I recently read Unorthodox by Deborah Feldman and Escape by Carolyn Jessop. Both were stories of horrifying realizations, unmet need, and breaking away from a stranglehold of fundamentalism, one ultra-orthodox Jewish, the other FLDS Mormon polygamy. Then I had a week of insomnia, nightmares, paranoia while taking showers (which happens sometimes, probably related to surprise beatings I got while bathing growing up), and seeing little things that looked like mice dart by in the corner of my vision. Turns out I actually did have mice, a whole furry-headed family of them, likely polygamous and definitely bent on multiplying, gorging themselves on rice and non-kosher corn nuts in my pantry. Despite these PTSD “triggers,” and the fact that I was interrupted five times (omg, 5!) by young mice squeaking pitifully on the glue traps I’d set down, I thought the books were awesome. I also rid my home of what I can only imagine to be an impending infestation bordering on a plague of biblical proportions. (Note: Apparently if you have an unfinished basement it’s common to get mice moving in when the weather gets cold. Being from the delta south, where we do not have basements for geological reasons, it only reinforced my thinking that these basement things are very suspect. Anyway, glue traps are a humane option for the mice, as pouring vegetable oil over the trapped mouse allows it to be
anointed, err to unstick itself and be released, greasy and alive, into your local park, wooded area, or least favorite neighbor’s front yard.)
Anyway, it’s nice to read stories by other people who came out of indoctrinated spaces and raised hell. It makes me feel more normal. (Actually, raising hell might be a poor choice of words, as that’s what they feared they were doing when they left these oppressive lifestyles.) What I mean to say is, they put a stop to passively living under the insane rules they were raised with, let other people know what was going on, and worked hard to remove themselves and their offspring from the situation of abuse. Both books left me saying “yeah, you go girl!” in my head.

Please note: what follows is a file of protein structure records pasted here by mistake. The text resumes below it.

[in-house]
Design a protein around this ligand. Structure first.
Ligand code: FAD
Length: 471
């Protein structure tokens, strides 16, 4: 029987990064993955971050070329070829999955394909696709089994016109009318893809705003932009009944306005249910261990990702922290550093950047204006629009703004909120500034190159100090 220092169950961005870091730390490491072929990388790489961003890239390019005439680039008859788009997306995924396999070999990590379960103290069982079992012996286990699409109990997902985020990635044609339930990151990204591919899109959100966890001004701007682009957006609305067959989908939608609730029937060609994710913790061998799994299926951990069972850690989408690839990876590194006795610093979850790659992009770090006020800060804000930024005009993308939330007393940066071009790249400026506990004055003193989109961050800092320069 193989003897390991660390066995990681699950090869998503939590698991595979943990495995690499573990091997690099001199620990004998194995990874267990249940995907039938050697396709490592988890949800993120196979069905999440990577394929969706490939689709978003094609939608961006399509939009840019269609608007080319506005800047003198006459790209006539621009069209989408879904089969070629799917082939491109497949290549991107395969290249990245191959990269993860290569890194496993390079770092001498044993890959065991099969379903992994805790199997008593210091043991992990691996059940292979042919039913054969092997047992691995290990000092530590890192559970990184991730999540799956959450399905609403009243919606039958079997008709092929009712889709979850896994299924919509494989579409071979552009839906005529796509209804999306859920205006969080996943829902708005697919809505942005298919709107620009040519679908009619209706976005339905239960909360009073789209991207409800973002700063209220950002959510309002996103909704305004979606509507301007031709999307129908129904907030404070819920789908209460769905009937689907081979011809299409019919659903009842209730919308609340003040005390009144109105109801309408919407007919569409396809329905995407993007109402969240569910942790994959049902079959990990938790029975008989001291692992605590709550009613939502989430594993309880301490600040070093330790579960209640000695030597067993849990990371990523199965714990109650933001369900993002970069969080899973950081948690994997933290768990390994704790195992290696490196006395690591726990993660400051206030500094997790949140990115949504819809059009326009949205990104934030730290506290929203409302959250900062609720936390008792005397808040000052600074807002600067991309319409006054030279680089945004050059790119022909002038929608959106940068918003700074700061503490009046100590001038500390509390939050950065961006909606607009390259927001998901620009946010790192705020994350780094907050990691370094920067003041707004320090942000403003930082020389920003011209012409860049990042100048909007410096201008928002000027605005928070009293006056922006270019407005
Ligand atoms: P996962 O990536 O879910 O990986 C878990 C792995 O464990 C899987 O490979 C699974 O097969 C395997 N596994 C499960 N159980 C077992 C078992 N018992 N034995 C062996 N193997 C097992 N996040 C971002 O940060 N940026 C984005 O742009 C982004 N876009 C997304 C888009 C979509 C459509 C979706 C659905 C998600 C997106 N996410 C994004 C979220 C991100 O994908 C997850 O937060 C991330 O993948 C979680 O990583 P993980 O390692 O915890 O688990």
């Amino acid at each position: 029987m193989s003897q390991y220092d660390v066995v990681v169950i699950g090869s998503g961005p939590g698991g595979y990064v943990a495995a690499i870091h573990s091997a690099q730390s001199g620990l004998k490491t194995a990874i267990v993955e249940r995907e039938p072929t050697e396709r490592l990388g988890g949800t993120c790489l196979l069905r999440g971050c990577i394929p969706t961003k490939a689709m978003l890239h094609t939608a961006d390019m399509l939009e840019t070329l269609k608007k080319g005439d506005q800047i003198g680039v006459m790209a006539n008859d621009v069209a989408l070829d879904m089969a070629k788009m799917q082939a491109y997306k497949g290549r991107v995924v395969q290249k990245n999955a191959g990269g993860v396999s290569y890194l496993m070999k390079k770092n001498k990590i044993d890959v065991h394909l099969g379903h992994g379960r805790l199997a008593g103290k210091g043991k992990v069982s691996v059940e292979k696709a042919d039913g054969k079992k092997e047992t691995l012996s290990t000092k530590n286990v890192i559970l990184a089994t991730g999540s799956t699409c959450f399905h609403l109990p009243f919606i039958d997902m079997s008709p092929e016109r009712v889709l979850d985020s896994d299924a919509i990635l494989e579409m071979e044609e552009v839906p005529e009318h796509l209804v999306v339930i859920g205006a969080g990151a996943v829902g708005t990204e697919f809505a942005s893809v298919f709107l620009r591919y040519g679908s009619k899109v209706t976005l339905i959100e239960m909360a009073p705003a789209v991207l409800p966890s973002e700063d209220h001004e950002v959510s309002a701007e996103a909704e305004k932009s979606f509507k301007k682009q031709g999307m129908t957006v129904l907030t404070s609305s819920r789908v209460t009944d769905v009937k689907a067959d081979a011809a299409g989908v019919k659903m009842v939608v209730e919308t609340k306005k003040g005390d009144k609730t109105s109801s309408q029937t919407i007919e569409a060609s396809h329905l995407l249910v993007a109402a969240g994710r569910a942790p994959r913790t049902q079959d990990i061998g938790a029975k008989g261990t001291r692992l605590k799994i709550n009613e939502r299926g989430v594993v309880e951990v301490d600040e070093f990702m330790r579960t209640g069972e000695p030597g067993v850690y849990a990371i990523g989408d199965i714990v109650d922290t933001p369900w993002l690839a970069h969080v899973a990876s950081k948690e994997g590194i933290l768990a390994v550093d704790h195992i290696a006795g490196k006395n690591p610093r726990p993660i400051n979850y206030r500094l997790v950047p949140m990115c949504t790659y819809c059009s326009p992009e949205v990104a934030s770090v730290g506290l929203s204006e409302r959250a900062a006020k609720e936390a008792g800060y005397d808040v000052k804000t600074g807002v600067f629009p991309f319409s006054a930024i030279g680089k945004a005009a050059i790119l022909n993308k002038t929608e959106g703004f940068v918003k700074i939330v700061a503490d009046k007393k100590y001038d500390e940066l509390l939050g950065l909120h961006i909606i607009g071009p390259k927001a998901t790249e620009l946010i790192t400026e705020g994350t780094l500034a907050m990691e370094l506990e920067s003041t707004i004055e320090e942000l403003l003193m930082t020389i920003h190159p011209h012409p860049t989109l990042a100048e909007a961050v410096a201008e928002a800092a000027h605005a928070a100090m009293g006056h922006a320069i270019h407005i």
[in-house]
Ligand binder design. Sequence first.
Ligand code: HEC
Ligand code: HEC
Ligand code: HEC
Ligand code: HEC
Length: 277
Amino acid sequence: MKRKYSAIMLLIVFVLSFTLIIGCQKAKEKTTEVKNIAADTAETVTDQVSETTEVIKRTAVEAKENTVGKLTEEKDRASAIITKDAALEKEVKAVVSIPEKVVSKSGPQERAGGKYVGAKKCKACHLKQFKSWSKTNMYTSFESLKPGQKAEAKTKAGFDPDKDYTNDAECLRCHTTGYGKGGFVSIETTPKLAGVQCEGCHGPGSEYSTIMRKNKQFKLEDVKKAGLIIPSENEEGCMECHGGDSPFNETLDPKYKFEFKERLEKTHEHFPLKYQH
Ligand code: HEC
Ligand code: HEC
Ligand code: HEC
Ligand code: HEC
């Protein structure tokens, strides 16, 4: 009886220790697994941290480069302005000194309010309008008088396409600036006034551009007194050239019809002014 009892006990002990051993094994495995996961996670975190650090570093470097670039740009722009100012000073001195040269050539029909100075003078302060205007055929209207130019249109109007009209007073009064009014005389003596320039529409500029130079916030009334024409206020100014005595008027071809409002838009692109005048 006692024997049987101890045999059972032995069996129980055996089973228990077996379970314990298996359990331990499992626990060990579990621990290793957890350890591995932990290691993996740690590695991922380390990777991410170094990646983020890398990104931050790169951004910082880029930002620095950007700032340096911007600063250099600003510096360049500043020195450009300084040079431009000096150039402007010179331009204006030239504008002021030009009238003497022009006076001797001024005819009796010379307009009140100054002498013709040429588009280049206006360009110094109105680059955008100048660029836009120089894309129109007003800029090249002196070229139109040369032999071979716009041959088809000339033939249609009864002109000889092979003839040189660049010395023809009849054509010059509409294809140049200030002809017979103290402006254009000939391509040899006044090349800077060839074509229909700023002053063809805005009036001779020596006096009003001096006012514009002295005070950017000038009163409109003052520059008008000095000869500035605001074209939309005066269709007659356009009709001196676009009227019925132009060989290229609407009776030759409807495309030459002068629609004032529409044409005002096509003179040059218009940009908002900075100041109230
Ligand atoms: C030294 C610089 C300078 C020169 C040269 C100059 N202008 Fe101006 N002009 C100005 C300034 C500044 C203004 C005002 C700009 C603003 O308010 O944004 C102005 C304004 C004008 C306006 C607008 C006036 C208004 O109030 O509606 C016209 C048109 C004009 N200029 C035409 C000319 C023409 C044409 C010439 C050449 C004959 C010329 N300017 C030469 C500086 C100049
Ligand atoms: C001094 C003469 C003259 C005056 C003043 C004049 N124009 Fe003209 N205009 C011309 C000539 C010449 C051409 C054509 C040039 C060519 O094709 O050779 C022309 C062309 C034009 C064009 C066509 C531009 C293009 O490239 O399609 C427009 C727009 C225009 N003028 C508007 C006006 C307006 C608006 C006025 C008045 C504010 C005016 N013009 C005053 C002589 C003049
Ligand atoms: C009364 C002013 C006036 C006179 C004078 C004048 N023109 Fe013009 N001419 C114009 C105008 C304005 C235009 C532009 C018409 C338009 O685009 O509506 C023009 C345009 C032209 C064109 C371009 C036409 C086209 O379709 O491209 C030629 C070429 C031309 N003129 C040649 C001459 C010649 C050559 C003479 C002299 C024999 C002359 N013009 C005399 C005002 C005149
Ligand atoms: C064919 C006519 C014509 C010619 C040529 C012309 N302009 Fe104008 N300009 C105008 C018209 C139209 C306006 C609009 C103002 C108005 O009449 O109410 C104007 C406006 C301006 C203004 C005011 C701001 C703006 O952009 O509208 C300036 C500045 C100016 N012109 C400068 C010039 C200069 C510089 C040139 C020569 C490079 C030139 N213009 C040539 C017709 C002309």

I was surprised to learn that Unorthodox had become a New York Times best seller, as the writing struck me as very ordinary, but the story itself was powerful and I learned about Jewish fundamentalism, which I was previously unfamiliar with. When I read how terrible Carolyn Jessop’s sister wives were to her in Escape, I wanted to hear about some of the mean, bitchy things she did back. I was disappointed she left that out because it seemed they were all capable of coming up with really good vicious stuff that would put most reality tv living situations to shame. Throwing another wife’s laundry on the floor and spanking her children while she was asleep?!
I was thankful that my family, although they belonged to a Christian Home Educators Fellowship (CHEF) group and a succession of nondenominational churches for a while, did not live in some compound-type community that normalized this stuff. While many Quiverfull families like to live out in the country, my parents only dreamed of it, instead living in a cramped yet ordinary-looking suburban-style neighborhood with houses on each side, neighbors who did not share my family’s beliefs and would occasionally raise eyebrows or make comments that tipped me off to how weird it all seemed. Reading these books also made me thankful for a few other strange things, namely that nobody censored my reading material, forced me to obsessively track my menstrual cycle, or hurriedly married me off to some creepy guy twice my age. I was also thankful that my parents were the first generation of my family to get into this Quiverfull stuff, starting around 1980, since it didn’t even really exist before the late 1970’s, and that both sets of my grandparents thought it was even nuttier than strangers did. Because my grandparents and extended family did not share my parents’ beliefs, they were the ones to finally put a stop to the most blatant craziness of it, particularly the homeschooling, isolation, and material neglect, and though they did not know the full extent of the physical abuse, lobbied for us kids not to be so harshly punished.